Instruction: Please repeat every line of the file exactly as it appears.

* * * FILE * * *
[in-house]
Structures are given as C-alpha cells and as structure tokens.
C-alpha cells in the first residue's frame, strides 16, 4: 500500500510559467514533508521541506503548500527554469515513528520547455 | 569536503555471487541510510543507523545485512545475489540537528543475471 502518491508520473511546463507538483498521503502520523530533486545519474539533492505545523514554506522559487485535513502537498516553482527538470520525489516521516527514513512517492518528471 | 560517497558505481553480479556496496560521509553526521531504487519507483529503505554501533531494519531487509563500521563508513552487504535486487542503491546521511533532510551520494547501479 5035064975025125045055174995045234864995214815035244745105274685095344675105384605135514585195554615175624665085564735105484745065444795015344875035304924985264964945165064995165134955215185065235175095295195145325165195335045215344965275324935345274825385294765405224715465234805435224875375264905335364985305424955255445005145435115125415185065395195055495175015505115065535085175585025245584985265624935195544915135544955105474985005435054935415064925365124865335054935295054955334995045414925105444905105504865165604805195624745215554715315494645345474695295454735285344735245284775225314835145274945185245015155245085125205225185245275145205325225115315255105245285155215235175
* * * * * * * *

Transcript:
[in-house]
Structures are given as C-alpha cells and as structure tokens.
C-alpha cells in the first residue's frame, strides 16, 4: 500500500510559467514533508521541506503548500527554469515513528520547455 | 569536503555471487541510510543507523545485512545475489540537528543475471 502518491508520473511546463507538483498521503502520523530533486545519474539533492505545523514554506522559487485535513502537498516553482527538470520525489516521516527514513512517492518528471 | 560517497558505481553480479556496496560521509553526521531504487519507483529503505554501533531494519531487509563500521563508513552487504535486487542503491546521511533532510551520494547501479 5035064975025125045055174995045234864995214815035244745105274685095344675105384605135514585195554615175624665085564735105484745065444795015344875035304924985264964945165064995165134955215185065235175095295195145325165195335045215344965275324935345274825385294765405224715465234805435224875375264905335364985305424955255445005145435115125415185065395195055495175015505115065535085175585025245584985265624935195544915135544955105474985005435054935415064925365124865335054935295054955334995045414925105444905105504865165604805195624745215554715315494645345474695295454735285344735245284775225314835145274945185245015155245085125205225185245275145205325225115315255105245285155215235175